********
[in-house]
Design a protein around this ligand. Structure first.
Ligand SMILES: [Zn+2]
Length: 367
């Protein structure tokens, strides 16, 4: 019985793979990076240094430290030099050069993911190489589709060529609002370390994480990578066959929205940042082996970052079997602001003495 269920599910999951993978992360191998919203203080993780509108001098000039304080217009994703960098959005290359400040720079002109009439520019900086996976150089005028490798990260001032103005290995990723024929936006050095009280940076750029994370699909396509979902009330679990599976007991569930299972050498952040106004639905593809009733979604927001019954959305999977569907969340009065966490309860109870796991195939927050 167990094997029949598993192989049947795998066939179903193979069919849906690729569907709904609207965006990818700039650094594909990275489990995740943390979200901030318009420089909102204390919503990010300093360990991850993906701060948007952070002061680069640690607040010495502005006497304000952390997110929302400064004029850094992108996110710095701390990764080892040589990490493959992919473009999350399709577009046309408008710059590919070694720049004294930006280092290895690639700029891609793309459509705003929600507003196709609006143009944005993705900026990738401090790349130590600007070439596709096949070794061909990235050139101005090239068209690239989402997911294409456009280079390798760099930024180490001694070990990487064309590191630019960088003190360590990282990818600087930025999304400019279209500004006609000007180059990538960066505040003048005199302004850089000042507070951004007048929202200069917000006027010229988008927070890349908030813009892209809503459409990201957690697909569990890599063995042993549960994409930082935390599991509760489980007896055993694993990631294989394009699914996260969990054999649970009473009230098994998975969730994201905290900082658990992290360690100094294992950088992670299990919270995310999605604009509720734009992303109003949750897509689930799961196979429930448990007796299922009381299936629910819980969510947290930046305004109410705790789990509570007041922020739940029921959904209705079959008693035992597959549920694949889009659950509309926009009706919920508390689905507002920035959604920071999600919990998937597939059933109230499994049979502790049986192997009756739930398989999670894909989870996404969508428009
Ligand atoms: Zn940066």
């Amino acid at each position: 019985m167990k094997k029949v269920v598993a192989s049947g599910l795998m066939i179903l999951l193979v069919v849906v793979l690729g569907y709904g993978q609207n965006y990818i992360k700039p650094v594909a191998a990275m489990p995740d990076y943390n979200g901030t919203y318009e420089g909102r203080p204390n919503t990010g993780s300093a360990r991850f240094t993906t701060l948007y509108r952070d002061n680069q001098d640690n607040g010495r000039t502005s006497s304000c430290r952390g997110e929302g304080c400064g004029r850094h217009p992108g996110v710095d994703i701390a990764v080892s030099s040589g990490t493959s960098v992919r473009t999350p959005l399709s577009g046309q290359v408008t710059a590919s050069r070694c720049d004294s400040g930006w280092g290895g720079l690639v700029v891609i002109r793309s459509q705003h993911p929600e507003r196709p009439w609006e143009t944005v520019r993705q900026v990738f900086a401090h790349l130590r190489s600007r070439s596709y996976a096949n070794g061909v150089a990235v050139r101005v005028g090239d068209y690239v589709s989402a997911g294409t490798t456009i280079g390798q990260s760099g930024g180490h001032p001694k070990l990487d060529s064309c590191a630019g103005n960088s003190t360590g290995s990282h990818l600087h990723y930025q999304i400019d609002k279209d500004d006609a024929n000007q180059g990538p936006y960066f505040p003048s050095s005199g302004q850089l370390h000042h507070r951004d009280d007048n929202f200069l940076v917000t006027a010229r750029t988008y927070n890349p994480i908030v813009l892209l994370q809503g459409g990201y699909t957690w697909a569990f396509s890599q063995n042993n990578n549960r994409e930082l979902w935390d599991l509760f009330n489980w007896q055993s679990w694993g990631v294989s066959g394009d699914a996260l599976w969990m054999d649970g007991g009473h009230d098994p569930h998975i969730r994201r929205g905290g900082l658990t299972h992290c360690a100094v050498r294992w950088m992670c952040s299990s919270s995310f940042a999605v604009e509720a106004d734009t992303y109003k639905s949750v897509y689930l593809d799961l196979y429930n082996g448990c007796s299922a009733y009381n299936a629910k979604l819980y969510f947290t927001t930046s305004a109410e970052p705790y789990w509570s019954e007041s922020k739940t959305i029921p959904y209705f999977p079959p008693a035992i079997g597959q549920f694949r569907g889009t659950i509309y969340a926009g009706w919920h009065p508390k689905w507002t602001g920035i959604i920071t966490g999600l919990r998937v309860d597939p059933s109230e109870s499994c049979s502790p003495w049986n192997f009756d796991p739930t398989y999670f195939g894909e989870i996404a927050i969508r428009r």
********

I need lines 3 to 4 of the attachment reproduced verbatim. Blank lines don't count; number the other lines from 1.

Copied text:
Ligand SMILES: [Zn+2]
Length: 367